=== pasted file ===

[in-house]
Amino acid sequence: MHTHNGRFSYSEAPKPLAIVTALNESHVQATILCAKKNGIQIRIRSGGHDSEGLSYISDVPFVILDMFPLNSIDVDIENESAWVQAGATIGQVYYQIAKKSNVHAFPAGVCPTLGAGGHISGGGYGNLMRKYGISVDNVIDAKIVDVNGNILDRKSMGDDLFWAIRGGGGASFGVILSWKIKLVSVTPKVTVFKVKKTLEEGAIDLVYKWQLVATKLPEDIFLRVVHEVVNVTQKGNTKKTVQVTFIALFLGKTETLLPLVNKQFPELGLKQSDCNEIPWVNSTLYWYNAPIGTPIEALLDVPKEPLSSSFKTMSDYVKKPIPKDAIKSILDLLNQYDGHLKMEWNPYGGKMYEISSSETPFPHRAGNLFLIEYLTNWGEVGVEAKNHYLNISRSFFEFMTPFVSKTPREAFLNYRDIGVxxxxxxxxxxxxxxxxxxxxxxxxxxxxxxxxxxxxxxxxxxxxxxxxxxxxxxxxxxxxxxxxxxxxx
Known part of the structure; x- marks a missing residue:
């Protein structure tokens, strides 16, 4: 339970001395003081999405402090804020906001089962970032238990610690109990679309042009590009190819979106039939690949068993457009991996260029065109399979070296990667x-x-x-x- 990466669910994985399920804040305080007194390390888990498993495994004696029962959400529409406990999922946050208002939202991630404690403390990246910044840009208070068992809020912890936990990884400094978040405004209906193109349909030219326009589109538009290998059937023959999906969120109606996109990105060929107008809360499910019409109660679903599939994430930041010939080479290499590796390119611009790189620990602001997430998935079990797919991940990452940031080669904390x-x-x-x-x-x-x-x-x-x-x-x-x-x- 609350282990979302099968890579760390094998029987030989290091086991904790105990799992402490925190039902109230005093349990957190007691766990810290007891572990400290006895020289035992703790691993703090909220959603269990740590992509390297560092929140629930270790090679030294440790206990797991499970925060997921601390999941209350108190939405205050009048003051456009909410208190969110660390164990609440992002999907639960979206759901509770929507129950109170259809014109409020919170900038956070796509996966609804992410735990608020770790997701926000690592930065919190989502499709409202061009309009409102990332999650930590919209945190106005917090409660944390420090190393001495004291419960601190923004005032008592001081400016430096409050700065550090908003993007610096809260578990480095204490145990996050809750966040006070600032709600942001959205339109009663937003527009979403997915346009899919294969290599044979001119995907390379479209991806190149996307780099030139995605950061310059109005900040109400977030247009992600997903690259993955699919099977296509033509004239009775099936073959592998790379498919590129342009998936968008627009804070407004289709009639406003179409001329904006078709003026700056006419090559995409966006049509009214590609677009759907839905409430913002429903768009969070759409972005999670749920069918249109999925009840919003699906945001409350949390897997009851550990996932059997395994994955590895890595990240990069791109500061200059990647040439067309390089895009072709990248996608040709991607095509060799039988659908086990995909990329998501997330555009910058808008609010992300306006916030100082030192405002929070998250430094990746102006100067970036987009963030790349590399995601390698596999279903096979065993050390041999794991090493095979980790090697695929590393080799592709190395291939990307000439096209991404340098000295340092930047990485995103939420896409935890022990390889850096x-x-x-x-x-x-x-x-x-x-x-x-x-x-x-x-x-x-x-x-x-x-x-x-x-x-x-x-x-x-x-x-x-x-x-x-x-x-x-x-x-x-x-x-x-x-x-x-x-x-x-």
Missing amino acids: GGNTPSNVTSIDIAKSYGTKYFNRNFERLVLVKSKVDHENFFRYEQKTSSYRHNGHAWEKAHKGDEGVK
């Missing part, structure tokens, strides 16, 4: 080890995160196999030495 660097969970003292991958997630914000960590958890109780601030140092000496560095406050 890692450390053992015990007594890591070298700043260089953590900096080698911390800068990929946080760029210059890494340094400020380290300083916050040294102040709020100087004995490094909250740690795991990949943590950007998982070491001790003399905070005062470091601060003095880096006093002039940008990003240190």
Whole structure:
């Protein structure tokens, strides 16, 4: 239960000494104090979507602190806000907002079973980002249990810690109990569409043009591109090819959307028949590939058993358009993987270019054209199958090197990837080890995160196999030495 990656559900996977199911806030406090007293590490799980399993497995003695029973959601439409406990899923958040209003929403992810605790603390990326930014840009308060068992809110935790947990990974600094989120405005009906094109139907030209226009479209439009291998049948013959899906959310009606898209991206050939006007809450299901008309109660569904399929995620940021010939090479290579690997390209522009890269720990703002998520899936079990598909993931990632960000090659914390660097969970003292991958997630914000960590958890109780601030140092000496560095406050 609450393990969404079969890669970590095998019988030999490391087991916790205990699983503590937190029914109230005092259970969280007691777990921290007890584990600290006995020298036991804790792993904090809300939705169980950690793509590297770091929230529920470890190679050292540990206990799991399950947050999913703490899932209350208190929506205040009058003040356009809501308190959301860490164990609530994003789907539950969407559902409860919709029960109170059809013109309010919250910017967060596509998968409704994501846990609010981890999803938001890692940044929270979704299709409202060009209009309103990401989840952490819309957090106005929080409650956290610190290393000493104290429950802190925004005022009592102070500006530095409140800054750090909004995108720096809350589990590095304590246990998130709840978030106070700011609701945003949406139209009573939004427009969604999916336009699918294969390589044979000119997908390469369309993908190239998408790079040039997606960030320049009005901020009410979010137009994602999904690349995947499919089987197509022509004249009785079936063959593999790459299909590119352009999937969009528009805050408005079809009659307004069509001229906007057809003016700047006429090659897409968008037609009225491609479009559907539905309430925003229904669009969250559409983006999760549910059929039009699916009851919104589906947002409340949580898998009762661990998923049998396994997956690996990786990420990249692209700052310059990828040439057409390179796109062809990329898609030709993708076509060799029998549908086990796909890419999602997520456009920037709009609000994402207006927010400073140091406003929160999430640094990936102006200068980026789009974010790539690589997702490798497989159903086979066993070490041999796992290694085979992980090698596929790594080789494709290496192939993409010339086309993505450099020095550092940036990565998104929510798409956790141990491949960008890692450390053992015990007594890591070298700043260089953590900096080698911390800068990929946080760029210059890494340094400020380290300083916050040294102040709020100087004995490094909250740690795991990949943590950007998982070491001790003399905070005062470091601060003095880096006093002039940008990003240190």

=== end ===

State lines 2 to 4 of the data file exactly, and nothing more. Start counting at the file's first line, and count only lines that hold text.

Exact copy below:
Amino acid sequence: MHTHNGRFSYSEAPKPLAIVTALNESHVQATILCAKKNGIQIRIRSGGHDSEGLSYISDVPFVILDMFPLNSIDVDIENESAWVQAGATIGQVYYQIAKKSNVHAFPAGVCPTLGAGGHISGGGYGNLMRKYGISVDNVIDAKIVDVNGNILDRKSMGDDLFWAIRGGGGASFGVILSWKIKLVSVTPKVTVFKVKKTLEEGAIDLVYKWQLVATKLPEDIFLRVVHEVVNVTQKGNTKKTVQVTFIALFLGKTETLLPLVNKQFPELGLKQSDCNEIPWVNSTLYWYNAPIGTPIEALLDVPKEPLSSSFKTMSDYVKKPIPKDAIKSILDLLNQYDGHLKMEWNPYGGKMYEISSSETPFPHRAGNLFLIEYLTNWGEVGVEAKNHYLNISRSFFEFMTPFVSKTPREAFLNYRDIGVxxxxxxxxxxxxxxxxxxxxxxxxxxxxxxxxxxxxxxxxxxxxxxxxxxxxxxxxxxxxxxxxxxxxx
Known part of the structure; x- marks a missing residue:
């Protein structure tokens, strides 16, 4: 339970001395003081999405402090804020906001089962970032238990610690109990679309042009590009190819979106039939690949068993457009991996260029065109399979070296990667x-x-x-x- 990466669910994985399920804040305080007194390390888990498993495994004696029962959400529409406990999922946050208002939202991630404690403390990246910044840009208070068992809020912890936990990884400094978040405004209906193109349909030219326009589109538009290998059937023959999906969120109606996109990105060929107008809360499910019409109660679903599939994430930041010939080479290499590796390119611009790189620990602001997430998935079990797919991940990452940031080669904390x-x-x-x-x-x-x-x-x-x-x-x-x-x- 609350282990979302099968890579760390094998029987030989290091086991904790105990799992402490925190039902109230005093349990957190007691766990810290007891572990400290006895020289035992703790691993703090909220959603269990740590992509390297560092929140629930270790090679030294440790206990797991499970925060997921601390999941209350108190939405205050009048003051456009909410208190969110660390164990609440992002999907639960979206759901509770929507129950109170259809014109409020919170900038956070796509996966609804992410735990608020770790997701926000690592930065919190989502499709409202061009309009409102990332999650930590919209945190106005917090409660944390420090190393001495004291419960601190923004005032008592001081400016430096409050700065550090908003993007610096809260578990480095204490145990996050809750966040006070600032709600942001959205339109009663937003527009979403997915346009899919294969290599044979001119995907390379479209991806190149996307780099030139995605950061310059109005900040109400977030247009992600997903690259993955699919099977296509033509004239009775099936073959592998790379498919590129342009998936968008627009804070407004289709009639406003179409001329904006078709003026700056006419090559995409966006049509009214590609677009759907839905409430913002429903768009969070759409972005999670749920069918249109999925009840919003699906945001409350949390897997009851550990996932059997395994994955590895890595990240990069791109500061200059990647040439067309390089895009072709990248996608040709991607095509060799039988659908086990995909990329998501997330555009910058808008609010992300306006916030100082030192405002929070998250430094990746102006100067970036987009963030790349590399995601390698596999279903096979065993050390041999794991090493095979980790090697695929590393080799592709190395291939990307000439096209991404340098000295340092930047990485995103939420896409935890022990390889850096x-x-x-x-x-x-x-x-x-x-x-x-x-x-x-x-x-x-x-x-x-x-x-x-x-x-x-x-x-x-x-x-x-x-x-x-x-x-x-x-x-x-x-x-x-x-x-x-x-x-x-």